This post should have been called ‘Idiots online’, but that’s a bit too harsh. A Snapchat snapshot became a key piece of evidence in a homicide investigation.
This is how it went down:
16-year-old high school student Maxwell Marion Morton shot his classmate. You probably wouldn’t have heard about this if he had just shot him. However, the culprit had something different in mind. After shooting the victim he took a selfie and posted it on Snapchat.
You gotta give credit to the recipient’s reaction. Having received such an unusual selfie, depicting the face of an Afro-American next to his seated victim, he took a screenshot of the picture before it self-destructed. His mother then contacted the police and, a few days later, the ‘mastermind assassin’ had authorities knocking on his door. A 9-mm gun was found in his home, while Maxwell was forced to confess to the killing in order to get a shorter sentence.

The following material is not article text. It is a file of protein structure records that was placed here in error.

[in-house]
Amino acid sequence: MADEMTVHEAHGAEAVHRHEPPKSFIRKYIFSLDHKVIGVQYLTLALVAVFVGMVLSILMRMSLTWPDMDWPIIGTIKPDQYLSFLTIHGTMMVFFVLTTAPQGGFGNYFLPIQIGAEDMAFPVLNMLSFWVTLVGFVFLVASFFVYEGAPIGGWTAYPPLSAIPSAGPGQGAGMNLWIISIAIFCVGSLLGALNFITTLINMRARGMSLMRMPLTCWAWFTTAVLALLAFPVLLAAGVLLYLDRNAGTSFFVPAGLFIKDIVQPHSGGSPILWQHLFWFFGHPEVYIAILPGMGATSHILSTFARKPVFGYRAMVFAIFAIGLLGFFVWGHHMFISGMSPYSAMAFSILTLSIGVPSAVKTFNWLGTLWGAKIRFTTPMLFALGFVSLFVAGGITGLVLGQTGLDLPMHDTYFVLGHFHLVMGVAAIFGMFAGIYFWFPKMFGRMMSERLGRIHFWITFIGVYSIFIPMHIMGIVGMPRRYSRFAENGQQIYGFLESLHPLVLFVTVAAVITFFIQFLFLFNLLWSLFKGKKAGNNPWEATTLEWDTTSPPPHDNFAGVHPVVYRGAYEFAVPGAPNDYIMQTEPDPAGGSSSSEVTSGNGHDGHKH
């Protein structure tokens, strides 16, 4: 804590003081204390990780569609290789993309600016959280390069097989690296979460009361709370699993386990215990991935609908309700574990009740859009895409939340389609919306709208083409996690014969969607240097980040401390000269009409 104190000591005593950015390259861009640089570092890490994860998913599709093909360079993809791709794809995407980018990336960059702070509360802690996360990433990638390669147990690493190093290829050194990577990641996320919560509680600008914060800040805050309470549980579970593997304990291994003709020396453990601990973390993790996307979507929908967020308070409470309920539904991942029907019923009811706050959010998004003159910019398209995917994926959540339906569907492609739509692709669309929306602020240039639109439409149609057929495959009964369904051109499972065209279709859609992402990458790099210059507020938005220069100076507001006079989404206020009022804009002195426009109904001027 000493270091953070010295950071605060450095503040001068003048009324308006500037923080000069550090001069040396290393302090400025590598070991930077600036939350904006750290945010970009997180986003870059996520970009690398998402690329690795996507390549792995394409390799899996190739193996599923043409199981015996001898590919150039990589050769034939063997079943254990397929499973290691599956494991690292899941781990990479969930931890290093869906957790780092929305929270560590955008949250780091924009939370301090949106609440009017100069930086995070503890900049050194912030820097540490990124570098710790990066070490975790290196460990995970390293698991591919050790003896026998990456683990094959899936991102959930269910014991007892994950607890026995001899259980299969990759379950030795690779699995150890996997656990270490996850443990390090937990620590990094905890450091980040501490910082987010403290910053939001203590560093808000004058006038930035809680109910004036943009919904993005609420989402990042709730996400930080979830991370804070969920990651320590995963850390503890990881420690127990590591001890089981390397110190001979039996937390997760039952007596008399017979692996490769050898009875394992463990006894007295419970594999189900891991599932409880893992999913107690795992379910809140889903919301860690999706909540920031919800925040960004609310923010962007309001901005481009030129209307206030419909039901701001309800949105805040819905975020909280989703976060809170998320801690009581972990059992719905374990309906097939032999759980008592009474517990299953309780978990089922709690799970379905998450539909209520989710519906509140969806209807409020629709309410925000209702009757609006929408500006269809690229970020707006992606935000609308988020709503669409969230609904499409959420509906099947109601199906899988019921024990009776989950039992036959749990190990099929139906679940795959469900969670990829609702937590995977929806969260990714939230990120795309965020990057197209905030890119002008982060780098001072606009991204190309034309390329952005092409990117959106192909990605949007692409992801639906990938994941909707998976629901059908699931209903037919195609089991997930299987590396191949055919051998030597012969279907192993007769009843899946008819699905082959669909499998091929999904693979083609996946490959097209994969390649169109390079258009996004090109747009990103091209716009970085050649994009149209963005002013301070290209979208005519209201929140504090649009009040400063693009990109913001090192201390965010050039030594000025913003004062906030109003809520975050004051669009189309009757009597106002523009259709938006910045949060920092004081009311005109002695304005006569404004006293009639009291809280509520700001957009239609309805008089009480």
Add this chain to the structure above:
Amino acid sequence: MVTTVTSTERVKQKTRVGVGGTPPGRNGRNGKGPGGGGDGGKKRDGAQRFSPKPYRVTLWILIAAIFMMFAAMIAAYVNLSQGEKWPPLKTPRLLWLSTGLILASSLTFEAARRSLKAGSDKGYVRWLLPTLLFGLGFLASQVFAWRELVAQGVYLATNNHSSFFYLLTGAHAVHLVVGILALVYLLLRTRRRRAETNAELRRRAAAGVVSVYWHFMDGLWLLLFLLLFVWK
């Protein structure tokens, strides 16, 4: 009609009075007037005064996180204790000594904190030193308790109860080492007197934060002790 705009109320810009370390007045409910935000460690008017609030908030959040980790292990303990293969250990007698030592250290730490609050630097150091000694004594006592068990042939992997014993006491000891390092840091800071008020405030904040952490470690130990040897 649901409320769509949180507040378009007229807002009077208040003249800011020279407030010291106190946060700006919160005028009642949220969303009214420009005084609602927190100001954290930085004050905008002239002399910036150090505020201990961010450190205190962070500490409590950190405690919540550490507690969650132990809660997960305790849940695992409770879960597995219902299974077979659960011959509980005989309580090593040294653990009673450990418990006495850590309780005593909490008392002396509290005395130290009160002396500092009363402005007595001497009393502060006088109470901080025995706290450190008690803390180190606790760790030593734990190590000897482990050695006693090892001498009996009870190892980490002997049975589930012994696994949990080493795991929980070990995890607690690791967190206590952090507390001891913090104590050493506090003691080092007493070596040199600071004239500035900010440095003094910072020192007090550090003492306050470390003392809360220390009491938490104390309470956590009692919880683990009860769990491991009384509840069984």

The District Attorney in charge of the case said that during his 30-year career he’s never known a killer who’d do something like this. This, however, isn’t the first incident when users themselves post evidence to crimes they committed. In 2013 a husband posted pictures of his murdered wife on his Facebook page; not to mention the girl, who stole an iPad, but forgot about iCloud syncing and, as a result, uploaded pictures to the owner’s iCloud. Don’t you think it’s becoming pretty obvious that very few people are concerned with online anonimity.
Perhaps, similar cases forced Snapchat developers to create the Abuse and Safety center, which is an advice and instruction service for parents and teachers.